By Charissa Zehr
“For I was…thirsty and you gave me something to drink, I was a stranger and you welcomed me…I was sick and you took care of me…” –Matthew 25:35-36
Water is a source of life—an essential component of any community’s health and well-being. But what do people do when the water they rely on becomes a source of sickness and death?
In mid-October 2010, the worst cholera epidemic in the world erupted in Haiti. Numerous scientists, including a panel of experts appointed by the United Nations (U.N.), documented that U.N. peacekeepers in Haiti introduced cholera by improperly disposing of contaminated sewage into the country’s largest river. Before 2010, not a single life had been lost to cholera in Haiti. In the last five years, 8,847 people have died, and more than 746,000 have fallen ill.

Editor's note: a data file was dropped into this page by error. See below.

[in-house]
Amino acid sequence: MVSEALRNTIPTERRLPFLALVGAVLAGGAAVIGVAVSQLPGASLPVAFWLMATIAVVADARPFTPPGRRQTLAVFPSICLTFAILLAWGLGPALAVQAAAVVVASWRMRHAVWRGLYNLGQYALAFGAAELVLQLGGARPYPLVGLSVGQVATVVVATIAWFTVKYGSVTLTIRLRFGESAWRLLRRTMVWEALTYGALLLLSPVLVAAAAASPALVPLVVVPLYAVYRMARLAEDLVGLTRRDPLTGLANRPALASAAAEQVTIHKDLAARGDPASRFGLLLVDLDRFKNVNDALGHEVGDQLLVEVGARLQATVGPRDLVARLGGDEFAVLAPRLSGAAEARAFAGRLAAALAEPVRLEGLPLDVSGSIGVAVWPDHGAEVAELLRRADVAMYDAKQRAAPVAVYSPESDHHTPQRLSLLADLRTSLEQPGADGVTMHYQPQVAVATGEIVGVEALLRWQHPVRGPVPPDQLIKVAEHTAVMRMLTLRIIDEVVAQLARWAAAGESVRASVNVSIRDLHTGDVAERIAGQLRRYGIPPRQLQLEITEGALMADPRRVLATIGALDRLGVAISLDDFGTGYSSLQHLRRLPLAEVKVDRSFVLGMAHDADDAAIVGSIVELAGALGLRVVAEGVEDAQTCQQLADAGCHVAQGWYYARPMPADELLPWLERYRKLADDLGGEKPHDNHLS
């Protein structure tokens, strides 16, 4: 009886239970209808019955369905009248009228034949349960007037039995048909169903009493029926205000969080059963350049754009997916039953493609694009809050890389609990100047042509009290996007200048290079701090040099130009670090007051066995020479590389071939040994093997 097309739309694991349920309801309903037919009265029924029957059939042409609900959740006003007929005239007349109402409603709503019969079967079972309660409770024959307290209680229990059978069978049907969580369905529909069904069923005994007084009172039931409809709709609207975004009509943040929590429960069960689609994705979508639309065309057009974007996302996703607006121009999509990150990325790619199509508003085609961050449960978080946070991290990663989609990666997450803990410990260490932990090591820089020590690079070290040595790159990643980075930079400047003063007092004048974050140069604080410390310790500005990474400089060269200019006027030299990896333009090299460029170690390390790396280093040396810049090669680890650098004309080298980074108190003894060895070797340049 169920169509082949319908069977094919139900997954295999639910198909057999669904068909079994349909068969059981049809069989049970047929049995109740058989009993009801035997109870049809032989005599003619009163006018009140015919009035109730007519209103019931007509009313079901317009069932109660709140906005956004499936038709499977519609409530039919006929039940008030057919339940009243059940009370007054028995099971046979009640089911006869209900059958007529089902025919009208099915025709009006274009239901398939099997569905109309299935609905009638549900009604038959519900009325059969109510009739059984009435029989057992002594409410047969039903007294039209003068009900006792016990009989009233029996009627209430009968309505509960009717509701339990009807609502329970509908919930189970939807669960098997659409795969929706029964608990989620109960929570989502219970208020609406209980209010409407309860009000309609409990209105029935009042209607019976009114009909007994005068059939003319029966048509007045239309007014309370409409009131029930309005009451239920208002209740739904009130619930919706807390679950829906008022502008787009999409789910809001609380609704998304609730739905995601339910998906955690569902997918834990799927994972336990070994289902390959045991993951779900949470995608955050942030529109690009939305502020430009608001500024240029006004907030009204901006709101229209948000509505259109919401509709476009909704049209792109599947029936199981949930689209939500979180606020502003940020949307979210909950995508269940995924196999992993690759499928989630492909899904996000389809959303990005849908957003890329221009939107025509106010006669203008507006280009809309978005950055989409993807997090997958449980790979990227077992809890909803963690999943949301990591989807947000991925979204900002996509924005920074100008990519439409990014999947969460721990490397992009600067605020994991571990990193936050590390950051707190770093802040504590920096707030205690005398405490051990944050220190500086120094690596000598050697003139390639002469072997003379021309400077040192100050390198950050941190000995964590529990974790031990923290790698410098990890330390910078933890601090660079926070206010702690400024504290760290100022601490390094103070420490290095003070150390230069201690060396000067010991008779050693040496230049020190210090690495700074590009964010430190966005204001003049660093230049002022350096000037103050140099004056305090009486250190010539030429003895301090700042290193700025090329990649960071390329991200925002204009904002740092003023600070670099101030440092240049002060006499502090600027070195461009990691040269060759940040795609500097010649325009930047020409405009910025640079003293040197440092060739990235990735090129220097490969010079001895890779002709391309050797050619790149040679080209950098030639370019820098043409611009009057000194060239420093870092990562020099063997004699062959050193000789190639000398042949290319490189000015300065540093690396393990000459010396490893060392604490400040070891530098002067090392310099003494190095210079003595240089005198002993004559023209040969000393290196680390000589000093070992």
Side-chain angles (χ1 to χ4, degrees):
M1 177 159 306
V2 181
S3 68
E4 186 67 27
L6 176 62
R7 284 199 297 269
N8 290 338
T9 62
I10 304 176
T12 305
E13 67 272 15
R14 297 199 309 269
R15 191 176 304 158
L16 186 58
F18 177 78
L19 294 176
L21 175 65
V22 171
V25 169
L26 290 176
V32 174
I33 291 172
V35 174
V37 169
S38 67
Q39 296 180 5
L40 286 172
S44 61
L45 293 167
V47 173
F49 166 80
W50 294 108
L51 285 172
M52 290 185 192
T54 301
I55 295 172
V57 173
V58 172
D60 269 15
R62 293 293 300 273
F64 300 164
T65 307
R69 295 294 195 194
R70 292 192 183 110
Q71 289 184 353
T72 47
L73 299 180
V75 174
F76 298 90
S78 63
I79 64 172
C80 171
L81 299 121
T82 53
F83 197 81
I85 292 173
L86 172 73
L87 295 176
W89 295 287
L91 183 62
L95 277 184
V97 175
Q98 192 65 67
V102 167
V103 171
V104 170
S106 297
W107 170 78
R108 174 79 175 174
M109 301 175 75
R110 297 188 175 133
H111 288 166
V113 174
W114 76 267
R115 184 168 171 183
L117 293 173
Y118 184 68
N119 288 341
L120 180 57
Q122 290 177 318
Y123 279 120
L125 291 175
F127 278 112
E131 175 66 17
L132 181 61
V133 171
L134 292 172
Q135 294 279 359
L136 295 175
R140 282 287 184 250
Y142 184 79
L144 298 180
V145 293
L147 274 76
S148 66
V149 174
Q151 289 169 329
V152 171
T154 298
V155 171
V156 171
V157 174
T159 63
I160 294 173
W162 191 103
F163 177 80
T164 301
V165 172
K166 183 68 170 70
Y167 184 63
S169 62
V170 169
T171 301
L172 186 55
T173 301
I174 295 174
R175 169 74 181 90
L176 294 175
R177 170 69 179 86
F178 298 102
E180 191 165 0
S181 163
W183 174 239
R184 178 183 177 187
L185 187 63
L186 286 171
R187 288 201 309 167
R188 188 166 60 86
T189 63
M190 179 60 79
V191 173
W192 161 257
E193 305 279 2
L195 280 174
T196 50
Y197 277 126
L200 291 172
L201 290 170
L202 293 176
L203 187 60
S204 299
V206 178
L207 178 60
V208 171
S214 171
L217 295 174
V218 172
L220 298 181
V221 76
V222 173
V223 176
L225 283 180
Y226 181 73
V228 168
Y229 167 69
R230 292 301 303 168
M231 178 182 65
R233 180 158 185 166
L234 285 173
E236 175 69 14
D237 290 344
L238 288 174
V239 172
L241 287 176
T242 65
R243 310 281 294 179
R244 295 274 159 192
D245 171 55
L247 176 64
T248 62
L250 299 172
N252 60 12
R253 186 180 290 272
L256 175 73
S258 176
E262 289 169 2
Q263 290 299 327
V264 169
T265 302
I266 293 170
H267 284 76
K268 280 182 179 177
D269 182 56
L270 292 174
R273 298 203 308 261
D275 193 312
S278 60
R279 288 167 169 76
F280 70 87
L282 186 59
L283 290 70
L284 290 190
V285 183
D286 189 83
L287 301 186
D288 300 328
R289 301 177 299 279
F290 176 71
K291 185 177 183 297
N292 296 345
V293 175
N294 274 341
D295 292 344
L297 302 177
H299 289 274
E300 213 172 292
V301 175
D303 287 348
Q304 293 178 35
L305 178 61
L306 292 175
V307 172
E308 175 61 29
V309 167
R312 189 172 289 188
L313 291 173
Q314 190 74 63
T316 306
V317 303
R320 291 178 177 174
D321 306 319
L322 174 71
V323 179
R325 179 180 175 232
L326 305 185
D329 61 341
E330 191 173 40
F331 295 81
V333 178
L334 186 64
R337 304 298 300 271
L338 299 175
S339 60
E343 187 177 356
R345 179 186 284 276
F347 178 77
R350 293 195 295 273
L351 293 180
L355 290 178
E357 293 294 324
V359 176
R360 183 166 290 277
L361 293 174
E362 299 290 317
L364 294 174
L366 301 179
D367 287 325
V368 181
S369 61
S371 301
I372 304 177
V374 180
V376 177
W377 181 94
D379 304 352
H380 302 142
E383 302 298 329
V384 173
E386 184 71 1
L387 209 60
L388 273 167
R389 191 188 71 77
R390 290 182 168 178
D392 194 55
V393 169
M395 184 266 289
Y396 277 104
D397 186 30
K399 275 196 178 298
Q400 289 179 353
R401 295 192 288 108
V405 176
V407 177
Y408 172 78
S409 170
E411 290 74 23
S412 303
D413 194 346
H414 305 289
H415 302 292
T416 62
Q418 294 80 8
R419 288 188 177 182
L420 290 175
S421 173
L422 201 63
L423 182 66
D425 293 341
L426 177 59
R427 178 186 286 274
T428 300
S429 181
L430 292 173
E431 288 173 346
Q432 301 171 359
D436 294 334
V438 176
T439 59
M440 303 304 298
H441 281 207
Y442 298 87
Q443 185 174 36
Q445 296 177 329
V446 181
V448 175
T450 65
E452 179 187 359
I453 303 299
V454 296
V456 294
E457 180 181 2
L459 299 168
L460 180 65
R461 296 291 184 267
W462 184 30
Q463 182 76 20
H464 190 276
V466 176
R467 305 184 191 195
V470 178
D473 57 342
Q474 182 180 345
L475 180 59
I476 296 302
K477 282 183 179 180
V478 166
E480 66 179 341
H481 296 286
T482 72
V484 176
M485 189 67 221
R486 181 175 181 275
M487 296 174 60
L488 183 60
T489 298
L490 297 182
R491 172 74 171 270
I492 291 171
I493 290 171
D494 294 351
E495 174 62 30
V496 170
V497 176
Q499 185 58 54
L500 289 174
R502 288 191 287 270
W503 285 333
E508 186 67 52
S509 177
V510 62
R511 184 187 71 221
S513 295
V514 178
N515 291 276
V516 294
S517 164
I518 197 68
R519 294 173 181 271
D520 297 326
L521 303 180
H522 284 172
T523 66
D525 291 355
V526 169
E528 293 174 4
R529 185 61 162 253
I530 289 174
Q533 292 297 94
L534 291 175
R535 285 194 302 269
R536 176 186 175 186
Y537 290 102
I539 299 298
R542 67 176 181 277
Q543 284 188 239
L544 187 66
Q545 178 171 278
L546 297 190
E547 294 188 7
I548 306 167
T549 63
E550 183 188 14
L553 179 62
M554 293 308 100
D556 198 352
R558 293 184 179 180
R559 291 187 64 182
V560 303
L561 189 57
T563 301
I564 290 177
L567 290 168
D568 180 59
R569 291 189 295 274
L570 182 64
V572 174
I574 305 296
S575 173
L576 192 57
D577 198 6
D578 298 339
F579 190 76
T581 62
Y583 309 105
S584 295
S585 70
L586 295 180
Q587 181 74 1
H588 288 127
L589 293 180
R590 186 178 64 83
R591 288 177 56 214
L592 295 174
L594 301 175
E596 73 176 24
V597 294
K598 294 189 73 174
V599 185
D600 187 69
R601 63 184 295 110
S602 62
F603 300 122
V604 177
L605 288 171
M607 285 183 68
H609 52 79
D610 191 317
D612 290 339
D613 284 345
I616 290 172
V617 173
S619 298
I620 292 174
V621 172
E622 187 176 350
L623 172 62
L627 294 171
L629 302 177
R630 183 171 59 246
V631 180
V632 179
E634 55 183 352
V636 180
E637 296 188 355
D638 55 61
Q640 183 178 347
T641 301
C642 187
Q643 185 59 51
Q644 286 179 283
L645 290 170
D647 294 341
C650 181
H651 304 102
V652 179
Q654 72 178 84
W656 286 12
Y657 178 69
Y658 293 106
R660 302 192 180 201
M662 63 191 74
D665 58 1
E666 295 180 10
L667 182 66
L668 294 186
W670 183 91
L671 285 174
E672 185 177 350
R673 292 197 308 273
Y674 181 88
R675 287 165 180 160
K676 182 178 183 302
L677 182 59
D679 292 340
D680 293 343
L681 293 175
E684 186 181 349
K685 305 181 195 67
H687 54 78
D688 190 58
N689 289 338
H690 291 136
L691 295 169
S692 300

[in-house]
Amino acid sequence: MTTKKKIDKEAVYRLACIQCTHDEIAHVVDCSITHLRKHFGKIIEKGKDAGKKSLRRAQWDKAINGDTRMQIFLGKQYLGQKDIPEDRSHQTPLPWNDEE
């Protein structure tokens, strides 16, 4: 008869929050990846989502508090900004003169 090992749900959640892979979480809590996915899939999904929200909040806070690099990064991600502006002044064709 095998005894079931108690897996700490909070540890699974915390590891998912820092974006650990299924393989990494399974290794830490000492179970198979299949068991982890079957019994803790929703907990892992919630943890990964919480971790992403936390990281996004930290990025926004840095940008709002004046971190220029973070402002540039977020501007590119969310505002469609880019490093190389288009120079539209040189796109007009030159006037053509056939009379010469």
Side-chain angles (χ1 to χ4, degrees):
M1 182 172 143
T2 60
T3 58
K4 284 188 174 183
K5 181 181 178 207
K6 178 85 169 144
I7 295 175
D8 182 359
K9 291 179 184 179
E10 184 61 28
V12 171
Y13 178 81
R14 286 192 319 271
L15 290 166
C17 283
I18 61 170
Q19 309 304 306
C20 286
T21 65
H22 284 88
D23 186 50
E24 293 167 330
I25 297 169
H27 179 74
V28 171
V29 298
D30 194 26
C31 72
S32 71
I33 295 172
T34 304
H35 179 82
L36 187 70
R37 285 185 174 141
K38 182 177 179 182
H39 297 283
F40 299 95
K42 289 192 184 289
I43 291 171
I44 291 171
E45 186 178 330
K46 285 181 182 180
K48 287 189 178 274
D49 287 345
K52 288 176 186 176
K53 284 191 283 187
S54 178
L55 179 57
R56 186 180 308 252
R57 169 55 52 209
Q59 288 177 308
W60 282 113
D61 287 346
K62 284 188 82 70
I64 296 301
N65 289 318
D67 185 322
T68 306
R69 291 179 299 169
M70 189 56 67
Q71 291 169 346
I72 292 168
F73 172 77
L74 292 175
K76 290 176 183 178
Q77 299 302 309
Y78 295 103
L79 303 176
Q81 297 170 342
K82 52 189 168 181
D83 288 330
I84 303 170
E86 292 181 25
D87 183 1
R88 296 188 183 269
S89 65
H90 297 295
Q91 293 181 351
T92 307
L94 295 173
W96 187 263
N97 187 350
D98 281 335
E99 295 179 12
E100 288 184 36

While cases of cholera declined last year, trends reversed in 2015 and cases spiked early in the year. A stewing migration crisis at the border, precipitated by the Dominican Republic’s deportation of Haitian migrants and Dominicans of Haitian descent, has led to the formation of neglected tent camps across their shared border. Fears were confirmed this week when…